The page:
Sunday 24 April 2022

A basic guide to Tik Tok

 Tik Tok is proving an important resource in the publishing world. In a recent Publishing Association report, they suggested that total publishing income for the UK reached a new high in 2021, rising 5% to £6.7 billion with surges in both fiction and young adult fiction, which they attributed in part to Tik Tok.

I joined Tik Tok ages ago and I've been a lurker for a very long time. Wary of taking part because I felt I am about to be a woman of a certain age who should know better than to get involved in it. I also watched the brilliant Kathryn Evans, Emma Finlayson-Palmer and K L Kettle do incredible things on it and felt I was just not capable. However, I started to see the videos done by Chicken House Publishing. They were interesting and informative. I was intrigued by it. All my adult life I have always tried new technology. Prior to my academic career, I would teach people how to use various software. I knew I had to get over this fear of making a fool of myself. I had to find a way of using it that worked for me. I wasn't going to dance or be funny.

It was the fabulous YA author and my great friend K L Kettle that finally pushed me into doing my first video by asking me what was my inspiration when I wrote. I did a quick 60 second video in response to her question and thoroughly enjoyed it. I posted on Facebook that I had put up my first Tik Tok and several of my author friends immediately asked if I could blog about how I did it, so here is a very basic guide to posting on Tik Tok. I am no expert. This is very early days for me but this is just based on what I have done so far. (FYI I am using my iPhone to record my videos)

1. When in Tik Tok press the black plus button at the bottom of the screen.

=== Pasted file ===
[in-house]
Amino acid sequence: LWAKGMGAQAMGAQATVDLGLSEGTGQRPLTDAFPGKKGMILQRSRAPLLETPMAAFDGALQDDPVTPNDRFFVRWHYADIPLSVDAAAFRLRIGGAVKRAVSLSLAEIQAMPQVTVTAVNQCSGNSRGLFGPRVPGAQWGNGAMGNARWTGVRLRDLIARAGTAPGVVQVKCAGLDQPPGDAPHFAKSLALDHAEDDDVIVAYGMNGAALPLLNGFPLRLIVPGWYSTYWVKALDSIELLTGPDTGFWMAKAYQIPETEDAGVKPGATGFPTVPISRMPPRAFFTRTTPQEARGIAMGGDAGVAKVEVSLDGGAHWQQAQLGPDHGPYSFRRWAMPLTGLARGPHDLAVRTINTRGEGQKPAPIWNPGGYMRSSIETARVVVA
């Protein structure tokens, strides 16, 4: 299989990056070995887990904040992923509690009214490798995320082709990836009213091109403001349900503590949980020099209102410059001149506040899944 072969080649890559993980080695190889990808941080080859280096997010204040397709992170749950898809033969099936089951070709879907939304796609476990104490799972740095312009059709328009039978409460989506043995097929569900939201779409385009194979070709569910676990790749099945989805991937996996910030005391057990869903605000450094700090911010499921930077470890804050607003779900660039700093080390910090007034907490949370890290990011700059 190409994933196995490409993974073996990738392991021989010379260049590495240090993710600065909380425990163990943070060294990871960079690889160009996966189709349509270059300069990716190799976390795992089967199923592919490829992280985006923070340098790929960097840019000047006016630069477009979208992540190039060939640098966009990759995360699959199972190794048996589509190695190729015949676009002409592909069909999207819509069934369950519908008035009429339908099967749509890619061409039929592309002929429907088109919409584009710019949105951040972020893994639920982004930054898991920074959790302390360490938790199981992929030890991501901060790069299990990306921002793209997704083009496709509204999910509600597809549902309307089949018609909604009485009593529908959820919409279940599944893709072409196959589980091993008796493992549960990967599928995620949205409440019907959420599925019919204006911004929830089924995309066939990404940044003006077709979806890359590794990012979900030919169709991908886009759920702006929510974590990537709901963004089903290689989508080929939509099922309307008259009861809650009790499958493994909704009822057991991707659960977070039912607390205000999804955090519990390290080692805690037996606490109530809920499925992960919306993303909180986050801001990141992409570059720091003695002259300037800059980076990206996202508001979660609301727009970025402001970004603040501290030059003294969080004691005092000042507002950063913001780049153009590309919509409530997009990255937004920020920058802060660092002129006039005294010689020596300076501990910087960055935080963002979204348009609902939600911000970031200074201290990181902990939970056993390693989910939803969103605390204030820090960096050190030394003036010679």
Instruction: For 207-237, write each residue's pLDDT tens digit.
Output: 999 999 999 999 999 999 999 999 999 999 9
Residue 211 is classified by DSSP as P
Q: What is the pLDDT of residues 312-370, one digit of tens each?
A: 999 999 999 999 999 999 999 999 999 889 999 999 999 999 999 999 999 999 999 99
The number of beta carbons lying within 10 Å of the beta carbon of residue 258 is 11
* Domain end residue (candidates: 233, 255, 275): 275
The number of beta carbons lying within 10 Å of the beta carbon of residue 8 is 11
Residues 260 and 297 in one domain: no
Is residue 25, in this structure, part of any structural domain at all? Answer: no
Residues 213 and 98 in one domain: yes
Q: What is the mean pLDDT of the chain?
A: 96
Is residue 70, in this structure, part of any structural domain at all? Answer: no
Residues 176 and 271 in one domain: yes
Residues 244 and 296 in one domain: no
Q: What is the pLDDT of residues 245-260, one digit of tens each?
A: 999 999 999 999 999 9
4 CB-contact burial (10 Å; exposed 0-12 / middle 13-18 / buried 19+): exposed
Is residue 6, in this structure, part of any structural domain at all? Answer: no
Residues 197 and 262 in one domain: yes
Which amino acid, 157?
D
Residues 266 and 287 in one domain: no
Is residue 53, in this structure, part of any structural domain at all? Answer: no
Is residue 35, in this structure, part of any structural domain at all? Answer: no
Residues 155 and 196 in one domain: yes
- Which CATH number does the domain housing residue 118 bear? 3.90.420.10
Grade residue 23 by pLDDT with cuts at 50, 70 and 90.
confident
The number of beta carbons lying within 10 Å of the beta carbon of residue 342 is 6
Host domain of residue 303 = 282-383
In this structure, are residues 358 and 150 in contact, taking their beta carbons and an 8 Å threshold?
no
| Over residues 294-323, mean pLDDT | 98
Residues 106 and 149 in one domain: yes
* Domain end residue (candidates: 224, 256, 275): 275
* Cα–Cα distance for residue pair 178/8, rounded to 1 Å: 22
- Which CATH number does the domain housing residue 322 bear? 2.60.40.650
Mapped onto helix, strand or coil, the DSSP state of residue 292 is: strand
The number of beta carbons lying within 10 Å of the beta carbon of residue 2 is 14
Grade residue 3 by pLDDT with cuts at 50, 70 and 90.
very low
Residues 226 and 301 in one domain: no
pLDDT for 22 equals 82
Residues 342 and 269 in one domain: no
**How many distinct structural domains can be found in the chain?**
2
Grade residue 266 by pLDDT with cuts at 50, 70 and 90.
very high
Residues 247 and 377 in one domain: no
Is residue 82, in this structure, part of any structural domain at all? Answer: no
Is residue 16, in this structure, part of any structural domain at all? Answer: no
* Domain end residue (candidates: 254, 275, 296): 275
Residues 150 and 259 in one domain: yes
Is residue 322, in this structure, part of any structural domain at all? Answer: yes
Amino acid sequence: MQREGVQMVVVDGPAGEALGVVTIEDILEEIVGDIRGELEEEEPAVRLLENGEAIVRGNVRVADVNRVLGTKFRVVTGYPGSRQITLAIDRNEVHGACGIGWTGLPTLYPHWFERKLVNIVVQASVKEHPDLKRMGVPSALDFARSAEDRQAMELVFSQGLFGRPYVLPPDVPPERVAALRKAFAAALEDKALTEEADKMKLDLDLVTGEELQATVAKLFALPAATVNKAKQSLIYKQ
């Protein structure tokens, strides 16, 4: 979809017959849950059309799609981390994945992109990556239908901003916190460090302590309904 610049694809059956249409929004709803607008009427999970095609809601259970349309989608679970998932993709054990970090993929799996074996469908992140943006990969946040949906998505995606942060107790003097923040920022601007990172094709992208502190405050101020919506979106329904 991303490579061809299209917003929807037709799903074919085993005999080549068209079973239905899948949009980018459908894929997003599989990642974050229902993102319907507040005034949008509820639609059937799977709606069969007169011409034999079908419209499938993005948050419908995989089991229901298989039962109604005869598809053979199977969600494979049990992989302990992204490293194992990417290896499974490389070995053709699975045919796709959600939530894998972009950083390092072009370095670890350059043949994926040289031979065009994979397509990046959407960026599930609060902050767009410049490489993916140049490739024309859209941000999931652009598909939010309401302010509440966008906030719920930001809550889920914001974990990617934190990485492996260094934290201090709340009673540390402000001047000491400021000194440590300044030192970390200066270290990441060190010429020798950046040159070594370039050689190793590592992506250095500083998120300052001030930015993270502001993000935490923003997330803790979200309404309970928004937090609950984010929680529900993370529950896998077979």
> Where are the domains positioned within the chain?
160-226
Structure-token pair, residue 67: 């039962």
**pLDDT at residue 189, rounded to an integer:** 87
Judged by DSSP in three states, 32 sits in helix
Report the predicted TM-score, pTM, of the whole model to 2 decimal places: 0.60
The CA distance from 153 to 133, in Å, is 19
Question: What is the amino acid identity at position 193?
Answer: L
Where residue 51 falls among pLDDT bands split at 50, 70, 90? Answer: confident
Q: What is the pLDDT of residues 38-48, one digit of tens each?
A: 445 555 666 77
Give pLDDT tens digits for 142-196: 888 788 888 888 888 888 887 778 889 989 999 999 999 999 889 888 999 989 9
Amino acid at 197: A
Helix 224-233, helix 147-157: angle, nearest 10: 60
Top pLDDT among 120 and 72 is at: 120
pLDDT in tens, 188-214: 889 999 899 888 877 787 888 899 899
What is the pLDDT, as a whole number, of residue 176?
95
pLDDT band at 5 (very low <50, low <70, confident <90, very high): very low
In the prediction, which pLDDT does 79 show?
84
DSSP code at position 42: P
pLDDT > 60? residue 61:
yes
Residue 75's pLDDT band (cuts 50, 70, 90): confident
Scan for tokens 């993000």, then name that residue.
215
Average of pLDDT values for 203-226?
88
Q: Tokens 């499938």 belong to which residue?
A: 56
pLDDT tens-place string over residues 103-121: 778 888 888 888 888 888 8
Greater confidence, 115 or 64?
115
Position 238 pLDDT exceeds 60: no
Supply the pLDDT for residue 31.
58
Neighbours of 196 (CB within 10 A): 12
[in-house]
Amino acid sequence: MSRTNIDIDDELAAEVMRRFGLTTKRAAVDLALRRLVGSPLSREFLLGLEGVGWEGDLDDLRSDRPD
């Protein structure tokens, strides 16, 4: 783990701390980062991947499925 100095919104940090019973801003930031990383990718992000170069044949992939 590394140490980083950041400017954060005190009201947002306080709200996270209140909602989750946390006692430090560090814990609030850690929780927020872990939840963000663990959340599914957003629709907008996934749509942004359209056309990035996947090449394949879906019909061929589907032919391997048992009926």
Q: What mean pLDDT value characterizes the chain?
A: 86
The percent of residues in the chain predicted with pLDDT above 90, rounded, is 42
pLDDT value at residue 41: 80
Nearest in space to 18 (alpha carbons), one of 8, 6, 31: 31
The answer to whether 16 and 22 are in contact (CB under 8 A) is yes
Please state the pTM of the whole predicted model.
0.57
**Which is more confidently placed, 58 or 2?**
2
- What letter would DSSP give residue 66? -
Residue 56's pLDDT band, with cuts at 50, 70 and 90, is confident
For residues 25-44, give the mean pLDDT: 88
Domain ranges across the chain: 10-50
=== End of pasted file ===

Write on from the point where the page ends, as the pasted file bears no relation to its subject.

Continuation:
2. Sort the camera out so it is facing the way you want it to using the flip button on the top left-hand side. You might want it to face towards you or away.

3. You can add filters if you want.

4. Decide how long you want your video to be: 15s, 60s or 3 mins.

5. When you are ready tap the red button and you will start recording. It will continue to record even if you take your finger off the red button. It will only stop when you tap the red button again. 

6. If you want to record a video separately you can use the upload button on the right hand side at the bottom of the screen.

7. When you have finished recording and you are happy with it you press the button with the tick. If you are not happy you press the button with the cross to discard it. 

8. If you press the tick button it will take you to a preview screen where you can add music (it can play in the background), captions (note you can edit these, they are really good), more effects and stickers. When you've done editing your Tik Tok tap next.

9. From the post screen add your description, hashtags and if you want to tag friends. This is also where you can decide who can view your post and disable comments. 

10. You can hit drafts to save your Tik Tok - I have a draft video that I practise on. It gives me a chance to play with all the different options and work out how to do things. I am still not very good at editing so am not going to advise you on how to do that. I am lucky and have recorded a lot of online lectures so am very used to recording. Get it clear in your head what you want to say and do before you start. Having this draft helps you gain confidence. It is a video I will never post.